European Parliament promotes 'small valleys' not "Silicon Valley"
The European Parliament has rejected any notion that Europe should be looking to develop technology clusters to rival what is found in Silicon Valley in California, and is instead seeking to promote a “small valleys” approach that can develop ties between universities and businesses in regions.
European Parliament representatives conducted a tour of technology firms and universities across various European locations in Spain, Germany, Italy and The Netherlands and in their report [http://www.smallvalleys.com/wp-content/uploads/2017/11/First-Report-A4_final_int.pdf] they have concluded that the small valleys approach is the best way to go.
They say: “The diversity in scale, typology, organisational set-up and financial arrangements that characterise the many actors involved in these study visits poses the question of what ICT landscape model is pertinent in the EU case. It appears that a locally rooted, “small valleys” model, including universities and networks, could define the EU ICT landscape of the future.”
They conclude: “In that perspective, the idea of a single, US-like Silicon Valley in the EU is not a 'must' to foster innovation.”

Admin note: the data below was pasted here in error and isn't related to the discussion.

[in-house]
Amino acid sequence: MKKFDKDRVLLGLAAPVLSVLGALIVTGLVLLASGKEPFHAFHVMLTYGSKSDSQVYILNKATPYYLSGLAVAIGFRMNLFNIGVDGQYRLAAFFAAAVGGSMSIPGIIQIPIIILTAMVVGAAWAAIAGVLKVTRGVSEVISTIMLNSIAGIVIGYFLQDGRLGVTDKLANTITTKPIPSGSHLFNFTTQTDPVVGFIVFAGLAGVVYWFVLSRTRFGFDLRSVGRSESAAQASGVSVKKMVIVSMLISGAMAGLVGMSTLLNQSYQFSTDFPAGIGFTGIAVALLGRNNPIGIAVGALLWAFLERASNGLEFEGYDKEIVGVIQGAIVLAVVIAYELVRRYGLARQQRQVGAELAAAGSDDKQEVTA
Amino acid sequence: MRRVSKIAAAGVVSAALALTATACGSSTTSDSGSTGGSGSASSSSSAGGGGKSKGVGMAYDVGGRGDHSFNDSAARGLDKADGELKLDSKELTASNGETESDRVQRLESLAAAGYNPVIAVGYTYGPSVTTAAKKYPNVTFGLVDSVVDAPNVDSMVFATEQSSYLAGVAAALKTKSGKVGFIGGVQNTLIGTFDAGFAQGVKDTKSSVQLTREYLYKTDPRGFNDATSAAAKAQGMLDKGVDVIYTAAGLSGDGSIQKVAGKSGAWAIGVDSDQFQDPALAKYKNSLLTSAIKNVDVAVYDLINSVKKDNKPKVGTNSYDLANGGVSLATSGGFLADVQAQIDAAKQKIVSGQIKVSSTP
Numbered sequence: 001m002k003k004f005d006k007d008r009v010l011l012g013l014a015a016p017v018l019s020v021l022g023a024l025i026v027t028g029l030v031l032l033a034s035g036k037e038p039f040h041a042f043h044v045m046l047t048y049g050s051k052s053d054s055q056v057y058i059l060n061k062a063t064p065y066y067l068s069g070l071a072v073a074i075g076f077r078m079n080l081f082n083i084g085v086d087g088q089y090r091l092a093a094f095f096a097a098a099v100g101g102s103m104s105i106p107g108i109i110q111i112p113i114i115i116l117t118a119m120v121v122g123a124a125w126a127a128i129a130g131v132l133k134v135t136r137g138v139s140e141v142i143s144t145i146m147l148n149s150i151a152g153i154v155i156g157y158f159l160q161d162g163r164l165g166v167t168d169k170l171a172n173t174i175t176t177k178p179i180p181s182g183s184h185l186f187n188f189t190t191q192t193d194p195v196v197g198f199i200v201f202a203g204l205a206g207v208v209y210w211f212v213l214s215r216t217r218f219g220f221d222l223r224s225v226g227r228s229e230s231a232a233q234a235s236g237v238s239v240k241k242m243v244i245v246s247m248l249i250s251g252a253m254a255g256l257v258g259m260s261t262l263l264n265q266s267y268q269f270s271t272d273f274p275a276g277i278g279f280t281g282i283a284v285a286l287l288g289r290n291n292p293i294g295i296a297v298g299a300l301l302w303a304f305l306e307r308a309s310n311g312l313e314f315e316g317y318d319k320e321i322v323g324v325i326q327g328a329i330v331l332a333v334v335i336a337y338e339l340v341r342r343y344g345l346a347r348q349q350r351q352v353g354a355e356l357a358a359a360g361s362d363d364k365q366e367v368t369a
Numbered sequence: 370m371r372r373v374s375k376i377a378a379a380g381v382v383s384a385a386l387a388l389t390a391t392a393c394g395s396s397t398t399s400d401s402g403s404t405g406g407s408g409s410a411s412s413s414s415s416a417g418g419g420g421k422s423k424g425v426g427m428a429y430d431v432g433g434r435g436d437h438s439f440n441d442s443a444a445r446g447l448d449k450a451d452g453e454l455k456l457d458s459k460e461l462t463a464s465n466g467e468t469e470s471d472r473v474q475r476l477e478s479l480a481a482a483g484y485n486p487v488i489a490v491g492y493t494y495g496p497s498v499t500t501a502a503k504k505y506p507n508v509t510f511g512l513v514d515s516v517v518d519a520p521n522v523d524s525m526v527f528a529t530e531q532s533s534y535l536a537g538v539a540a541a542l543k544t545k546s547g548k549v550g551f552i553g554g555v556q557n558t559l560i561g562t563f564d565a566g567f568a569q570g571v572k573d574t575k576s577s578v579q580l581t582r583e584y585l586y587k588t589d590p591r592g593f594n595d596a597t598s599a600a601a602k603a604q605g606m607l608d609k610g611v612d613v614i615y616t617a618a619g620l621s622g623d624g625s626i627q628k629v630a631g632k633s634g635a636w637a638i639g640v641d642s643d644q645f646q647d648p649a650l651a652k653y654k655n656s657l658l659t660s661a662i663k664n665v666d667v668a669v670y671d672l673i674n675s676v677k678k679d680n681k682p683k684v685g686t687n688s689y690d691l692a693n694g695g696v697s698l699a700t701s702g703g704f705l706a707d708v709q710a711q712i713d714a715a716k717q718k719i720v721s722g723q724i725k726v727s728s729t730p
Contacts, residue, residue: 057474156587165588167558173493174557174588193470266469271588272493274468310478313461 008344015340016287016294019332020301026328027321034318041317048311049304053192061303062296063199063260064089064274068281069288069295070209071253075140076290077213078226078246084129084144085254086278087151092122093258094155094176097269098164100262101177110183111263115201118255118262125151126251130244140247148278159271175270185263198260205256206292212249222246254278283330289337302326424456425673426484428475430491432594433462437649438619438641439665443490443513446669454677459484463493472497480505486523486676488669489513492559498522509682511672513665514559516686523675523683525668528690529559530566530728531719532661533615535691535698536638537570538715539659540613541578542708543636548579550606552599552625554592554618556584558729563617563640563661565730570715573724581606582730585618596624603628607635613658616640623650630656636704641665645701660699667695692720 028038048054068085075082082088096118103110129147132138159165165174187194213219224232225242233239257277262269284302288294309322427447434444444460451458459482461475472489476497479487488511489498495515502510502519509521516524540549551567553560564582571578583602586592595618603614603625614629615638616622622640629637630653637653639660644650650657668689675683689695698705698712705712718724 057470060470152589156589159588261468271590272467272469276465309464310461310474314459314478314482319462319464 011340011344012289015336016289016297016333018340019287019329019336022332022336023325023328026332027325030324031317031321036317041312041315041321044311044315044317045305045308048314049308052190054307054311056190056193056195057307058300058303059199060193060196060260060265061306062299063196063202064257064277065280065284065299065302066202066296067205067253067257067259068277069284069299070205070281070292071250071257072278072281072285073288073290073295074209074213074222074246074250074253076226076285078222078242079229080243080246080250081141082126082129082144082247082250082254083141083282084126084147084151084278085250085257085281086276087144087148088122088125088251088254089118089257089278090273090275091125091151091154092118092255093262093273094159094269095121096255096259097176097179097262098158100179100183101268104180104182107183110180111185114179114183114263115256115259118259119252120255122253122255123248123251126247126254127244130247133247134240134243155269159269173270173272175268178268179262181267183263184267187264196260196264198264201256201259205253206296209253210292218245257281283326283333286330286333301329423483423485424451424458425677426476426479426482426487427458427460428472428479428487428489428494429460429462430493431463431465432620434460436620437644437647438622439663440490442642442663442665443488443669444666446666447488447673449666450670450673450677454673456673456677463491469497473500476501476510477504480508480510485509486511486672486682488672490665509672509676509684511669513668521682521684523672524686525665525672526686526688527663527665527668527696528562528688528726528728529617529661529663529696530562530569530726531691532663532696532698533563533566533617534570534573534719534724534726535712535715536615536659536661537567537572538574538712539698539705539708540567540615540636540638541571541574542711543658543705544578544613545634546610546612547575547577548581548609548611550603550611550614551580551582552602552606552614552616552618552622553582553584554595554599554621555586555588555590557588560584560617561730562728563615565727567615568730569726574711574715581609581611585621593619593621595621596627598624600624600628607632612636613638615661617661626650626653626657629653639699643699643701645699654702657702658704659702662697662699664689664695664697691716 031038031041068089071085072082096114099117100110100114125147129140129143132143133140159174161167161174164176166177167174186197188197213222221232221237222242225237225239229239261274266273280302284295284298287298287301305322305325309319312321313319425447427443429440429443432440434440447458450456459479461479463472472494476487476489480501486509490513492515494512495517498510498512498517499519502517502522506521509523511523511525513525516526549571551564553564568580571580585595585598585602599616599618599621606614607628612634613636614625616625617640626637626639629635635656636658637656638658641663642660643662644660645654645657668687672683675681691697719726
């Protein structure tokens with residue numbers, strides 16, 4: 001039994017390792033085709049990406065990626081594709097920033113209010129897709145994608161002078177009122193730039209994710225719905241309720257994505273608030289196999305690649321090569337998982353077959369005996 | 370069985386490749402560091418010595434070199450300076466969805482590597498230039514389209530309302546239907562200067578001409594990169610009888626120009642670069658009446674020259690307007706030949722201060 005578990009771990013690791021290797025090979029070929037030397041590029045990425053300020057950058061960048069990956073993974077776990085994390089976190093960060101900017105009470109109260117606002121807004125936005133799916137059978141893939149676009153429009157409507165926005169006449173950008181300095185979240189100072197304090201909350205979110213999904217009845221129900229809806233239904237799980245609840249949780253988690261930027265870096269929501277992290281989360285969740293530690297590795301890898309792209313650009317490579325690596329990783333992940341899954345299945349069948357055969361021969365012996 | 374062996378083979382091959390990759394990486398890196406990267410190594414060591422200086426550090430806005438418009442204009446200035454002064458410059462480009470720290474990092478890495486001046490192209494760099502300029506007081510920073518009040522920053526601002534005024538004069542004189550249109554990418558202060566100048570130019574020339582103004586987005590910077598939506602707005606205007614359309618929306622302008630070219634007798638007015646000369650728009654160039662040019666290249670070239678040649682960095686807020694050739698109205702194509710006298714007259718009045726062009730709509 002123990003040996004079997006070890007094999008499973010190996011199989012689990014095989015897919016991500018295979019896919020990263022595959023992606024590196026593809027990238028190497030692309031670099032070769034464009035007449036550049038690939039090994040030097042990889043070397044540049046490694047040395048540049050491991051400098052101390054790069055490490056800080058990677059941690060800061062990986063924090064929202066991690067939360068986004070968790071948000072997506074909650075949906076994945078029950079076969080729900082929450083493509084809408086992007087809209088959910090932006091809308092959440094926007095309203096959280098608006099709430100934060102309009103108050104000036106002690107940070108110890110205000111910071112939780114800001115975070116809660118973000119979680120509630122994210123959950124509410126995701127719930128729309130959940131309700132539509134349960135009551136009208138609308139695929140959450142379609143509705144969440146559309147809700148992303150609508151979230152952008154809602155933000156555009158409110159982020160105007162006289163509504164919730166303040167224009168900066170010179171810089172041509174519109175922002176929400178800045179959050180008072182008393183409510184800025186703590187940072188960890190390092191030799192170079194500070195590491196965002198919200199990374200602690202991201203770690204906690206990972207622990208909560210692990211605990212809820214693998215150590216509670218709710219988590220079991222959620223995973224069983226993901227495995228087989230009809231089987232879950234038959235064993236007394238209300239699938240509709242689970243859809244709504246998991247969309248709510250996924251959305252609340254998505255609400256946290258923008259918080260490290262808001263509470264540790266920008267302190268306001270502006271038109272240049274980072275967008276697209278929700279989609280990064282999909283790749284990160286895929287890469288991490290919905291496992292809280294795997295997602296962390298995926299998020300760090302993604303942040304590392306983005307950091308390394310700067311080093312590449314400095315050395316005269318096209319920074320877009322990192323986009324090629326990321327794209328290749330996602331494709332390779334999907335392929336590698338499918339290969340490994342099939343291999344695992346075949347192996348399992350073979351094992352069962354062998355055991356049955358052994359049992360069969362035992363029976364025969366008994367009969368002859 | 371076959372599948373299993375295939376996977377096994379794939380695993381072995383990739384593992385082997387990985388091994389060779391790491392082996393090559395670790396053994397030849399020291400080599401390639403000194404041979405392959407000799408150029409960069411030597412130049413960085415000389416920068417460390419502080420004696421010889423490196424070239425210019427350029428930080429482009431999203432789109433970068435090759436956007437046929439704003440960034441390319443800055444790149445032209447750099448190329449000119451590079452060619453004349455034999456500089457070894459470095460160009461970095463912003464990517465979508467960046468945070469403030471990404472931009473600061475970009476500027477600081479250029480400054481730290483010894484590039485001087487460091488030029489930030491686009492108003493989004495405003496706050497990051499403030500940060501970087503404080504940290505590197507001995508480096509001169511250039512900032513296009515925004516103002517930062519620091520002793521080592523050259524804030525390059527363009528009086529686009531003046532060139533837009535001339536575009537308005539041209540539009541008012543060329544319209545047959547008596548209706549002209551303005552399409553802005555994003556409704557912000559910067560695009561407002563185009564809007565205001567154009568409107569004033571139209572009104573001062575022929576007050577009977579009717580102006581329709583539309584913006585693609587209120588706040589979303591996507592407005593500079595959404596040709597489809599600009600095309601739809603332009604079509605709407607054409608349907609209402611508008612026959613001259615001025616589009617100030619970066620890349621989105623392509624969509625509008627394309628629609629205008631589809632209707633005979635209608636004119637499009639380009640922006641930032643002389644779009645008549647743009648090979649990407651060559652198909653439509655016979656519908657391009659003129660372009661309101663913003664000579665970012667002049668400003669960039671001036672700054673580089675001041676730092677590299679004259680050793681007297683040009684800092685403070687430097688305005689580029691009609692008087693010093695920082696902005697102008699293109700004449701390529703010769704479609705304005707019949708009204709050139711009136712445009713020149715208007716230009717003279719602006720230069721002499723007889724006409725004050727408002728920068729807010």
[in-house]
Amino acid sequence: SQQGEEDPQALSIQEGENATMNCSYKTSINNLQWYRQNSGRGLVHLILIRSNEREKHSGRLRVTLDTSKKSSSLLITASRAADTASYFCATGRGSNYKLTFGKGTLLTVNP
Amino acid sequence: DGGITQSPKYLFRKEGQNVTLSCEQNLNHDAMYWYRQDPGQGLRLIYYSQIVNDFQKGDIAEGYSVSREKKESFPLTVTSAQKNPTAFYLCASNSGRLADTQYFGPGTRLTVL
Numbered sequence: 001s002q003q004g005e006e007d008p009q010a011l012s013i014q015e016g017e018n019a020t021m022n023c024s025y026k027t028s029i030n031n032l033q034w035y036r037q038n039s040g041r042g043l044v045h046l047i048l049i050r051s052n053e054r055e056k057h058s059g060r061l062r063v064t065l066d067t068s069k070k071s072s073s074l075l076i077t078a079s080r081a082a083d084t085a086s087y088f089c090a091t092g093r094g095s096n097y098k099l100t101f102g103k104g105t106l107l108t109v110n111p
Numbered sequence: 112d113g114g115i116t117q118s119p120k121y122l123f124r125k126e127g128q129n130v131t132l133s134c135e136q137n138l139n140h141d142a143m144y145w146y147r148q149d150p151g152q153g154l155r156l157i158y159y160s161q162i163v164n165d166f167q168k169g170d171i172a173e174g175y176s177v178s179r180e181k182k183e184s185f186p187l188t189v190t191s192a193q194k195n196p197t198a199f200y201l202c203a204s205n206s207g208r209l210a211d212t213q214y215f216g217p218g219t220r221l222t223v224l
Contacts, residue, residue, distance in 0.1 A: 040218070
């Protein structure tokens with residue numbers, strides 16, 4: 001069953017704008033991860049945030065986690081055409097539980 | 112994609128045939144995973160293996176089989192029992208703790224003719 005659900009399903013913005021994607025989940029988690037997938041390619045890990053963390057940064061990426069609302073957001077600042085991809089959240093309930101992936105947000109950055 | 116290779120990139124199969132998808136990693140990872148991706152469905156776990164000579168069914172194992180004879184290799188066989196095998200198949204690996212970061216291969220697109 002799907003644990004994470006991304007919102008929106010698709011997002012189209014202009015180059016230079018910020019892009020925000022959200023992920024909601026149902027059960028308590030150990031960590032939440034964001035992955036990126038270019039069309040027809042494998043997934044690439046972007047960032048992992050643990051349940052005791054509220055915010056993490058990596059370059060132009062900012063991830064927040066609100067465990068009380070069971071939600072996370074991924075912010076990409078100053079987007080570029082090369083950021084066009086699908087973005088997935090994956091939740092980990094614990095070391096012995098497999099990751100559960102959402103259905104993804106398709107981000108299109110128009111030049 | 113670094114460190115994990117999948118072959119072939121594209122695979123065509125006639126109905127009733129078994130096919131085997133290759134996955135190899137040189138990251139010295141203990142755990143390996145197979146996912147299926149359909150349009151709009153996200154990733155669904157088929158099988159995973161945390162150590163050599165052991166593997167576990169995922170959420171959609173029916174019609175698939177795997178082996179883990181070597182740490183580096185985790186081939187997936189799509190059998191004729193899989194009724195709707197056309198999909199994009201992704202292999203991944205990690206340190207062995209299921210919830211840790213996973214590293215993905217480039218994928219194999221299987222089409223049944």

Gianpiero Lotito, CEO of FacilityLive, a data management start-up and one of the Italian companies that hosted the European Parliament tour, said: “We have the unique opportunity in Europe to create our own successful tech industry. One that can compete with Silicon Valley in terms of innovation and growth.
“Rather than a monolithic Silicon Valley model, where the focus is on creating economies of scale, we in Europe can create small valleys - a network of small technology clusters focused around our prestigious academic institutions. The smaller ecosystem encourages ideas to be shared quickly and effectively across disciplines to create continuous innovation.”
Lotito points out that Europe is proving to be a successful greenfield of opportunities for tech start-ups, receiving up to $17.1bn in venture funding last year, representing “an impressive rate of growth”.